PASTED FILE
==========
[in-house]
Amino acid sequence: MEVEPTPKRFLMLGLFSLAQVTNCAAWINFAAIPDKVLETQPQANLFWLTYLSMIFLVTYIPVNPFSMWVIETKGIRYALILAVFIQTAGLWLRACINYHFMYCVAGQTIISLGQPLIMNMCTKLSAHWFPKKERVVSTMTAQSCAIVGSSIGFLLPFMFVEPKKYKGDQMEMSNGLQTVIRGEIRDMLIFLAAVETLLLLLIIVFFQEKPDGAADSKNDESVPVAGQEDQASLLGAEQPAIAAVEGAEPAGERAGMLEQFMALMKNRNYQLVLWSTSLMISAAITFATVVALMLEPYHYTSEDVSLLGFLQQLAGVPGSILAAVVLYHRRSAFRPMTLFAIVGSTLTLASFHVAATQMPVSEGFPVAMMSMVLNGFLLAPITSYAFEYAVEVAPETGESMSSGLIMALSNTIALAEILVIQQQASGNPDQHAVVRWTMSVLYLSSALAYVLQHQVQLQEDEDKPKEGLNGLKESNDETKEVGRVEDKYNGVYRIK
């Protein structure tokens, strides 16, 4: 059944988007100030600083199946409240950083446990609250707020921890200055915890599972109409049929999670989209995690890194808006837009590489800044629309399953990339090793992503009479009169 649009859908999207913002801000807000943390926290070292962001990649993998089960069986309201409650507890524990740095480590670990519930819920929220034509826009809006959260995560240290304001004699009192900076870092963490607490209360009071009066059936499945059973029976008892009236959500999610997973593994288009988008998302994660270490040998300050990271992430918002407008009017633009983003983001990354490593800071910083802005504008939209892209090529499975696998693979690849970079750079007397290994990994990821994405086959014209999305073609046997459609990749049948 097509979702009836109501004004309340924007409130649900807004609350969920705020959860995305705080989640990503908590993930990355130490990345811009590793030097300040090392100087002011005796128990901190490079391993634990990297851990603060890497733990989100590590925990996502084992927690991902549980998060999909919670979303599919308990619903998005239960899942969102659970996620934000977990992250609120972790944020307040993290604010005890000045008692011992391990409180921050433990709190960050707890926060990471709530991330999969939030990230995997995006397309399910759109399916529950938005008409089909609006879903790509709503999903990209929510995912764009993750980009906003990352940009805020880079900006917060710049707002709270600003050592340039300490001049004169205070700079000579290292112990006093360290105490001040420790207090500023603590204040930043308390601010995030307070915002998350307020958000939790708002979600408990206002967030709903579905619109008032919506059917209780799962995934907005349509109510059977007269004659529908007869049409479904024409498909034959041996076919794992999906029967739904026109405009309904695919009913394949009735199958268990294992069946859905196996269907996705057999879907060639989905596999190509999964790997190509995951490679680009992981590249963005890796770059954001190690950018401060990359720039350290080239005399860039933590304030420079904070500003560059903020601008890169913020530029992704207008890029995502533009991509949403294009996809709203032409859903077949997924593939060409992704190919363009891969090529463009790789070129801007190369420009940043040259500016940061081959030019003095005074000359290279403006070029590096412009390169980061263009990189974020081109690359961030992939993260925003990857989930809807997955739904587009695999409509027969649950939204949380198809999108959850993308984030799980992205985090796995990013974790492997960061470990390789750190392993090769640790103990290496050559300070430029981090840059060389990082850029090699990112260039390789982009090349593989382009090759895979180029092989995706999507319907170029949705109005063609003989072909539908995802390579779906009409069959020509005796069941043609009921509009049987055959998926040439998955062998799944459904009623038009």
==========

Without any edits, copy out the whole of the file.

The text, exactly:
[in-house]
Amino acid sequence: MEVEPTPKRFLMLGLFSLAQVTNCAAWINFAAIPDKVLETQPQANLFWLTYLSMIFLVTYIPVNPFSMWVIETKGIRYALILAVFIQTAGLWLRACINYHFMYCVAGQTIISLGQPLIMNMCTKLSAHWFPKKERVVSTMTAQSCAIVGSSIGFLLPFMFVEPKKYKGDQMEMSNGLQTVIRGEIRDMLIFLAAVETLLLLLIIVFFQEKPDGAADSKNDESVPVAGQEDQASLLGAEQPAIAAVEGAEPAGERAGMLEQFMALMKNRNYQLVLWSTSLMISAAITFATVVALMLEPYHYTSEDVSLLGFLQQLAGVPGSILAAVVLYHRRSAFRPMTLFAIVGSTLTLASFHVAATQMPVSEGFPVAMMSMVLNGFLLAPITSYAFEYAVEVAPETGESMSSGLIMALSNTIALAEILVIQQQASGNPDQHAVVRWTMSVLYLSSALAYVLQHQVQLQEDEDKPKEGLNGLKESNDETKEVGRVEDKYNGVYRIK
């Protein structure tokens, strides 16, 4: 059944988007100030600083199946409240950083446990609250707020921890200055915890599972109409049929999670989209995690890194808006837009590489800044629309399953990339090793992503009479009169 649009859908999207913002801000807000943390926290070292962001990649993998089960069986309201409650507890524990740095480590670990519930819920929220034509826009809006959260995560240290304001004699009192900076870092963490607490209360009071009066059936499945059973029976008892009236959500999610997973593994288009988008998302994660270490040998300050990271992430918002407008009017633009983003983001990354490593800071910083802005504008939209892209090529499975696998693979690849970079750079007397290994990994990821994405086959014209999305073609046997459609990749049948 097509979702009836109501004004309340924007409130649900807004609350969920705020959860995305705080989640990503908590993930990355130490990345811009590793030097300040090392100087002011005796128990901190490079391993634990990297851990603060890497733990989100590590925990996502084992927690991902549980998060999909919670979303599919308990619903998005239960899942969102659970996620934000977990992250609120972790944020307040993290604010005890000045008692011992391990409180921050433990709190960050707890926060990471709530991330999969939030990230995997995006397309399910759109399916529950938005008409089909609006879903790509709503999903990209929510995912764009993750980009906003990352940009805020880079900006917060710049707002709270600003050592340039300490001049004169205070700079000579290292112990006093360290105490001040420790207090500023603590204040930043308390601010995030307070915002998350307020958000939790708002979600408990206002967030709903579905619109008032919506059917209780799962995934907005349509109510059977007269004659529908007869049409479904024409498909034959041996076919794992999906029967739904026109405009309904695919009913394949009735199958268990294992069946859905196996269907996705057999879907060639989905596999190509999964790997190509995951490679680009992981590249963005890796770059954001190690950018401060990359720039350290080239005399860039933590304030420079904070500003560059903020601008890169913020530029992704207008890029995502533009991509949403294009996809709203032409859903077949997924593939060409992704190919363009891969090529463009790789070129801007190369420009940043040259500016940061081959030019003095005074000359290279403006070029590096412009390169980061263009990189974020081109690359961030992939993260925003990857989930809807997955739904587009695999409509027969649950939204949380198809999108959850993308984030799980992205985090796995990013974790492997960061470990390789750190392993090769640790103990290496050559300070430029981090840059060389990082850029090699990112260039390789982009090349593989382009090759895979180029092989995706999507319907170029949705109005063609003989072909539908995802390579779906009409069959020509005796069941043609009921509009049987055959998926040439998955062998799944459904009623038009």